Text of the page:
It was the first time she’d left the room with Jason, and as they walked down the hall towards the elevators together, Elizabeth knew people were watching her, maybe even whispering. The Sun had continued to print gossip about her and Jason, about the entire scandal.
There would always be people who believed the worst about her. Elizabeth just didn’t have to accept it as truth. Not anymore.
“Hey,” she said as Jason pressed the button for the elevator.
He glanced down at her with worry. “Are you okay? Are you having trouble breathing—”
“No.” She rolled her eyes but smiled as she did it. “I’m fine. I just—with everything that’s happened, and I know how much we still have to worry about—I’m just happy. Right now, in this moment—I’m happy to be with you.”
The elevator door opened, and he pulled her inside. When the doors closed, Jason tugged her closer to him, sliding his hand up to frame her cheek. “I love you,” he told her. “For all the times I wish I had said it before—”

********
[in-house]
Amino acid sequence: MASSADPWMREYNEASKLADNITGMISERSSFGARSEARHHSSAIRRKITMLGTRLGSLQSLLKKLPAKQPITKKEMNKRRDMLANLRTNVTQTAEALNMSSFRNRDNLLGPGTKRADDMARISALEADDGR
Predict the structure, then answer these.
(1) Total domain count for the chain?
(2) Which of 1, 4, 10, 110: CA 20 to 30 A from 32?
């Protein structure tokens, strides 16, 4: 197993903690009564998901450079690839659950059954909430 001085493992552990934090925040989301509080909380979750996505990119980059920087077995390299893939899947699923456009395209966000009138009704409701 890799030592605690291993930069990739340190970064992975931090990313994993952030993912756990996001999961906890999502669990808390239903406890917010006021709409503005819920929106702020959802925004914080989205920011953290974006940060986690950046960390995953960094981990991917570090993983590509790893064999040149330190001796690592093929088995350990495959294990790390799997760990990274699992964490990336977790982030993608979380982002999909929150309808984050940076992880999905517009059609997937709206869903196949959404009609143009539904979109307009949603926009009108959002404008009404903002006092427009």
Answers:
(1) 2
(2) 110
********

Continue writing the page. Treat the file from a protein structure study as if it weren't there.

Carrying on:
“I love you, too. And as long as you’re standing next to me, I know I can deal with whatever comes next.” She pressed her lips to his, lingering, savoring every minute.
So that’s the end of Book 1. As you can see, I’ve laid some bread crumbs for the next part. The PCPD and DA’s office are falling apart, the teens are on the fringes and will play a large role in the next book.
Book 2 is going to be a bigger ensemble piece, but it’s going to have Jason and Liz at the center of it. A few years ago, one of my friends almost died from a pulmonary embolism so when I started to plan this draft, I wanted to take her PE seriously in a way the show never did.
I did a lot of research into the recovery and learned a lot that can fuel some really good conflict and I think what’s going to happen in Book 2 is going to be even better than Book 1.
I don’t have a release date for Book 2 just yet, but I’m already about 20% finished it. I’m hoping to have it posted by April at the latest, but stay tuned to my website and my Twitter feed.
Thanks for reading this! I hope you enjoyed it!